It is good to praise the LORD and make music to your name, O Most High, proclaiming your love in the morning and your faithfulness at night (Psalm 92:1,2)
It seems almost cruel to consider words like this in our current situation. It has been about 15 months since we have been able to sing together in church and we hope it won’t be long before we can do so again.
Yet these words are still true despite our current circumstances. It is good to make music and sing to the Lord, and it is good when we miss being able to do these things.
As this Psalm opens with words of praise, so it also gives us a surprising motivation to praise and worship:
For you make me glad by your deeds, LORD; I sing for joy at what your hands have done. How great are your works, LORD, how profound your thoughts! (v4, 5)
We are motivated to worship the Lord because of the works of the Lord.
As we read this, we might think of the works of God in creation. The wonder and beauty and majesty of the created world often lead us to worship the creator, don’t they?
Or maybe It’s the saving works of God that the psalmist has in view here? How God brought his people out of slavery in Egypt with a mighty hand and an outstretched arm. How God brought them back again from exile in Babylon and settled them once more in the land. How God’s saving work was fully completed by Jesus’ death on a cross and resurrection to new life.
These are certainly works that bring us to praise and worship. But they are not the works of God that the Psalmist has in mind here. It’s actually God’s work in judgement:
Senseless people do not know, fools do not understand, that though the wicked spring up like grass and all evildoers flourish, they will be destroyed forever. (v6,7)
I don’t know if you think of God’s judgement as a motivation to worship? Whether a line like verse 9, “your enemies will perish; all evildoers will be scattered” leads us to praise? I suspect not. Questions, certainly, confusion and struggles, but probably not praise.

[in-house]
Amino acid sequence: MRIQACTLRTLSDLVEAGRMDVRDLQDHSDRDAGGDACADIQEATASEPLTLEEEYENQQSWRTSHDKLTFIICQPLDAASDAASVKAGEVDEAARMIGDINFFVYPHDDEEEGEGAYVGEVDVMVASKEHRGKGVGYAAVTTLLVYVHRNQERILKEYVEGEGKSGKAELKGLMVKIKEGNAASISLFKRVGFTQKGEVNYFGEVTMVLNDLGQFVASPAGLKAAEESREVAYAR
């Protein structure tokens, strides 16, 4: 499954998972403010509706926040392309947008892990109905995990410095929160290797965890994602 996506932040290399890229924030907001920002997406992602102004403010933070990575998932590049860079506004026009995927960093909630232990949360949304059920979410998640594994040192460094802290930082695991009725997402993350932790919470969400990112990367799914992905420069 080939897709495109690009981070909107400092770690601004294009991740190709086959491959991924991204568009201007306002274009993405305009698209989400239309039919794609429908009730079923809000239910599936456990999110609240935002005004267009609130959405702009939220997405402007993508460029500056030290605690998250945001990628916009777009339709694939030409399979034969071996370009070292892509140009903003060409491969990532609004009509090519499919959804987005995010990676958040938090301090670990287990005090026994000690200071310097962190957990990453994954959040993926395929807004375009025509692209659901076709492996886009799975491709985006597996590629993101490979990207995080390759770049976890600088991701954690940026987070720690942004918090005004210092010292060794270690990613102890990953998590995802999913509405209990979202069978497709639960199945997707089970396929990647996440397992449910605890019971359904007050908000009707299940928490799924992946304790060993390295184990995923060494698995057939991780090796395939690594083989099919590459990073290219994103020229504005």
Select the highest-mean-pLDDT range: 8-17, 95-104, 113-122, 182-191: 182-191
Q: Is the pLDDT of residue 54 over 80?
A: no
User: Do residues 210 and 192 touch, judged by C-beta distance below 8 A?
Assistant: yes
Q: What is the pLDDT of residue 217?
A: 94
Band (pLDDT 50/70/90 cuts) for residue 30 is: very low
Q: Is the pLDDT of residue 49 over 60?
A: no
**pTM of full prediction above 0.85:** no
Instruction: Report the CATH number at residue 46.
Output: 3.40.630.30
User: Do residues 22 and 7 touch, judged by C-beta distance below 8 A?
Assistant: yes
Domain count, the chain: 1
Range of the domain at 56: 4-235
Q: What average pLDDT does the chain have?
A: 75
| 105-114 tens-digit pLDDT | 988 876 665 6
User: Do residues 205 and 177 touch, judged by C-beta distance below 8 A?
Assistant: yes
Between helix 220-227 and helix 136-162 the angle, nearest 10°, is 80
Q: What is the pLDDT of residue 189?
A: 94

But verses like this show us the commitment God has for justice. God delights in righteousness, truth, and integrity. He works to bring these things out in his people and in his world. He stands against oppression, injustice and exploitation. He is for the downtrodden and ill-treated, and he is against the wicked. God is generous in justice.
Now, it is important to take note at this point that God’s justice is fully and completely seen in Jesus Christ. Jesus went to the cross to take the punishment we deserve, so that God’s justice is satisfied and we can be free. Anyone who comes to Jesus finds mercy and forgiveness, no matter what they have thought, said and done.
Nevertheless, God is still a God of justice. He delights over justice and hates injustice. He expects his people to mirror his heart of justice and be generous in fighting injustice. God delights in proving a place of safety for the oppressed and down-trodden.
The psalms’ lines about evildoers being destroyed and enemies perishing sound drastic and they are meant to sound that way. But the evildoers and wicked of the psalm are the ones who attack and kill and destroy. They are a presence of danger, and God desires peace and security. He wants his people to find in him and place of safety.
If we follow the God of justice, then we will want to pursue justice too. Worship is singing, certainly, and it is sad when we cannot sing as we might wish with other Christians. But worship is also pursuing justice, helping those in need and providing a place of safety for those who are vulnerable. Our worship in those areas need not be diminished if we cannot worship in song too.